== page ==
FREE PARKING & SHUTTLE SERVICE AT FIRST CHRISTIAN CHURCH 36TH & N. WALKER

OKC Improv performers create original scenes in the moment based on suggestions from the audience, 7:30 and 9:30 p.m. Fridays and Saturdays. Oklahoma City Improv, 1757 NW 16th St., 405-4569858, okcimprov.com. Pooches on the Patio bring your best friend to this dog-friendly happy hour with drink specials, appetizers and free pet treats, 4-7 p.m. Saturdays. Café 501 Classen Curve, 5825 NW Grand Blvd., 405844-1501, cafe501.com.

FOR ADDITIONAL INFORMATION GO TO

THEPASEO.ORG

Steve Martin & Martin Short: Now Your See Them, Soon You Won’t an evening with the comedic performers, 8-11 p.m. June 2. Civic Center Music Hall, 201 N. Walker Ave., 405-297-2264, okcciviccenter.com. Oklahoma Voices hear featured poets read from their works at this monthly event, 2 p.m. the first Sunday of every month. IAO Gallery, 706 W. Sheridan Ave., 405-232-6060, iaogallery.org.

— GOLD —

Thank You SPONSORS:

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Public Access Open Mic read poetry, do standup comedy, play music or just watch as an audience member at this open mic hosted by Alex Sanchez, 7 p.m. Sundays. The Paseo Plunge, 3010 Paseo St., 405-315-6224, paseoplunge.org. Rap and Jam Salon learn new musical skills in a variety of genres from local musicians at this monthly workshop, 4-6 p.m. first Sunday of every month. Your Mom’s Place, 919 N. Virginia Ave.

— BRONZE —

— PAT R O N —

Board Game Day enjoy local craft beer while playing old-school board and arcade games with friends, 5-8 p.m. Sundays. FlashBack RetroPub, 814 RICHARD TURMAN

continued on page 23

DAVID NEFF & SUZANNE PECK

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SUMMER GUIDE

SUMMER GUIDE continued from page 21 W. Sheridan Ave., 405-633-3604, flashbackretropub.com. The Audience a National Theatre Live presentation of this Tony Award winning play featuring Helen Mirren as Queen Elizabeth II, 7 p.m. June 3. Circle Cinema, 10 S. Lewis Ave., Tulsa, 918-585-3504, circlecinema.com.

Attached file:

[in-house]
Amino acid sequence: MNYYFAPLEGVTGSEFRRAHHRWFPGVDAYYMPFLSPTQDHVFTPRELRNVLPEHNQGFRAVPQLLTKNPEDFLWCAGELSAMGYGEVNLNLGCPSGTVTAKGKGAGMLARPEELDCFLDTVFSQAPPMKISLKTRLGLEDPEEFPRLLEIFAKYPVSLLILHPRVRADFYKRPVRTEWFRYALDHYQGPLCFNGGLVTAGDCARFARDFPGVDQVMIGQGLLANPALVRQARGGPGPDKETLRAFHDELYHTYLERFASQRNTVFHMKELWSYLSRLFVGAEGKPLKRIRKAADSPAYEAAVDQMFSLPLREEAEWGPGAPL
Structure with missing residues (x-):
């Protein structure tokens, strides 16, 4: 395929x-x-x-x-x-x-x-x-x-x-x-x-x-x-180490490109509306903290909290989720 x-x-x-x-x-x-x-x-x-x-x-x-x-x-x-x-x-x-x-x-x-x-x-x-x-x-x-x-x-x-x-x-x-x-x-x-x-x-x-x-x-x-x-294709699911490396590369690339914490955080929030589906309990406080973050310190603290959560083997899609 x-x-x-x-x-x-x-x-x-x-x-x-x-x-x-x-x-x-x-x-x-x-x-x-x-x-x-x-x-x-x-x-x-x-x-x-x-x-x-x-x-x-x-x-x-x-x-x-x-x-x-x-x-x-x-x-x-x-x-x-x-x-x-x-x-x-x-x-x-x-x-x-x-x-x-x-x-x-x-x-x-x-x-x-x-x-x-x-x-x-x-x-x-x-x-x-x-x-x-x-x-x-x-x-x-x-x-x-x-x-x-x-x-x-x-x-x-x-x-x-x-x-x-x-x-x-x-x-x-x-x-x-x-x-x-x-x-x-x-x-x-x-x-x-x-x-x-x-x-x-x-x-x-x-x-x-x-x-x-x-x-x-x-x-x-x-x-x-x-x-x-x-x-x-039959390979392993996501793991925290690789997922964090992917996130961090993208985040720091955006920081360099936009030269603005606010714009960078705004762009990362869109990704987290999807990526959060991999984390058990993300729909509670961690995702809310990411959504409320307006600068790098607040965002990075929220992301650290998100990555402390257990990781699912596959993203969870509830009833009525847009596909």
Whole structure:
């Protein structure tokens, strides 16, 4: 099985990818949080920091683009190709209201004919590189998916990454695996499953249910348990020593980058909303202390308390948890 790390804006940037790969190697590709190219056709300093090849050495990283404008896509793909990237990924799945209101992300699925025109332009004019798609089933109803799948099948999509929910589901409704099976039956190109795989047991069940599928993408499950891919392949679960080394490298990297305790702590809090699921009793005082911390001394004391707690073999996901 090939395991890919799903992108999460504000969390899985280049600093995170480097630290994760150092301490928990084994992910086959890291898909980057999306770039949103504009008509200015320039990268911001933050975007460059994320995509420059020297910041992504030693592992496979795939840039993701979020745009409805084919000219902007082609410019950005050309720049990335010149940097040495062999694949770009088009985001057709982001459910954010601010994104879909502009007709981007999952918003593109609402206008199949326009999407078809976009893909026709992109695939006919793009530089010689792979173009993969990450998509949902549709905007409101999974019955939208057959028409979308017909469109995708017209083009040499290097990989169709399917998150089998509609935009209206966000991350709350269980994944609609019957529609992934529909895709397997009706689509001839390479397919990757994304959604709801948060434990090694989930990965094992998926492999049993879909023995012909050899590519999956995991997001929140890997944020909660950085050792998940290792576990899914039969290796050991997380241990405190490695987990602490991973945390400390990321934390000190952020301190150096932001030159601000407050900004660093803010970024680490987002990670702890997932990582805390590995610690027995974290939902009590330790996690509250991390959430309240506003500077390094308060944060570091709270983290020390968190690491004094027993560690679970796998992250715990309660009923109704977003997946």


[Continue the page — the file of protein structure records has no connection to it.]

Twisted Coyote Brew Crew a weekly 3-mile group run for all ability levels with a beer tasting to follow; bring your own safety lights, 6 p.m. Mondays. Twisted Spike Brewing Co., 1 NW 10th St., 405-301-3467, twistedspike.com. Monday Night Blues Jam Session bring your own instrument to this open-stage jam hosted by Wess McMichael, 7-9 p.m. Mondays. Othello’s Italian Restaurant, 434 Buchanan Ave., Norman, 405-7014900, othellos.us. Urban Pioneer Awards a ceremony honoring the influence of Leslie and Dan Batchelor and Shannon Calderon Primeau in Oklahoma City, 11:30 a.m.-1 p.m. June 4. OCU Sarkey Law Center, 800 N. Harvey Ave. Starting & Financing Your Business a free seminar conducted by the U.S. Small Business Association, 6-8 p.m. June 4. Nappy Roots, 3705 Springlake Drive, 405-896-0203, facebook.com/pg/ nappyrootsbooks. Comedy Open Mic Night try doing standup and/or watch other aspiring comics hone their acts, 10 p.m. Tuesdays. Othello’s Italian Restaurant, 434 Buchanan Ave., Norman, 405-701-4900, othellos.us. Chisholm Creek Rooftop Hop a variety of musicians perform on the rooftops and patios of businesses at this weekly concert, 6-10 p.m. May 21. Chisholm Creek, 13230 Pawnee Drive, 405-728-2780, chisholmcreek.com.

with others at this open-invitation weekly jam session, 9:30 p.m.-midnight Tuesdays. Saints, 1715 NW 16th St., 405-602-6308, saintspubokc.com. Paramount Open Mic show off your talents at this open mic hosted by musician Chris Morrison, 7 p.m. first Wednesday of every month. The Paramount Room, 701 W. Sheridan Ave., 405-887-3327, theparamountroom.com. VHS and Chill: Blockbusted Video riff along with comedians and film fans at this monthly movie screening where audience participation is encouraged, 7-9 p.m. first Wednesday of every month. The Paramount Room, 701 W. Sheridan Ave., 405-887-3327, theparamountroom.com. Open Mic at The Deli hosted by Jarvix, this monthly show offers anyone the opportunity to sing or perform, 10 p.m.-1 a.m. first Wednesday of every month. The Deli, 309 White St., Norman, 405-3293934, thedeli.us. Reading Wednesdays a weekly story time with hands-on activities, goody bags and reading-themed photo ops, 9:30-10:30 a.m. Wednesdays. Myriad Botanical Gardens, 301 W. Reno Ave., 405-445-7080, myriadgardens.com. Stars and Stripes Spin Jam a weekly meetup for jugglers, hula hoopers and unicyclers, 6-8 p.m. Wednesdays. Stars & Stripes Park, 3701 S. Lake Hefner Drive, 405-297-2756, okc.gov/parks. Co-ed Open Adult Volleyball enjoy a game of friendly yet competitive volleyball while making new friends, 6-8 p.m. Wednesdays. Jackie Cooper Gymnasium, 1024 E. Main St., Yukon, 405-350-8920, cityofyukon.gov. Iron Horse Open Mic and Showcase perform music on stage at this show open to all experience levels, 7-10 p.m. Wednesdays. Iron Horse Bar & Grill, 9501 S. Shields Blvd., 405-735-1801.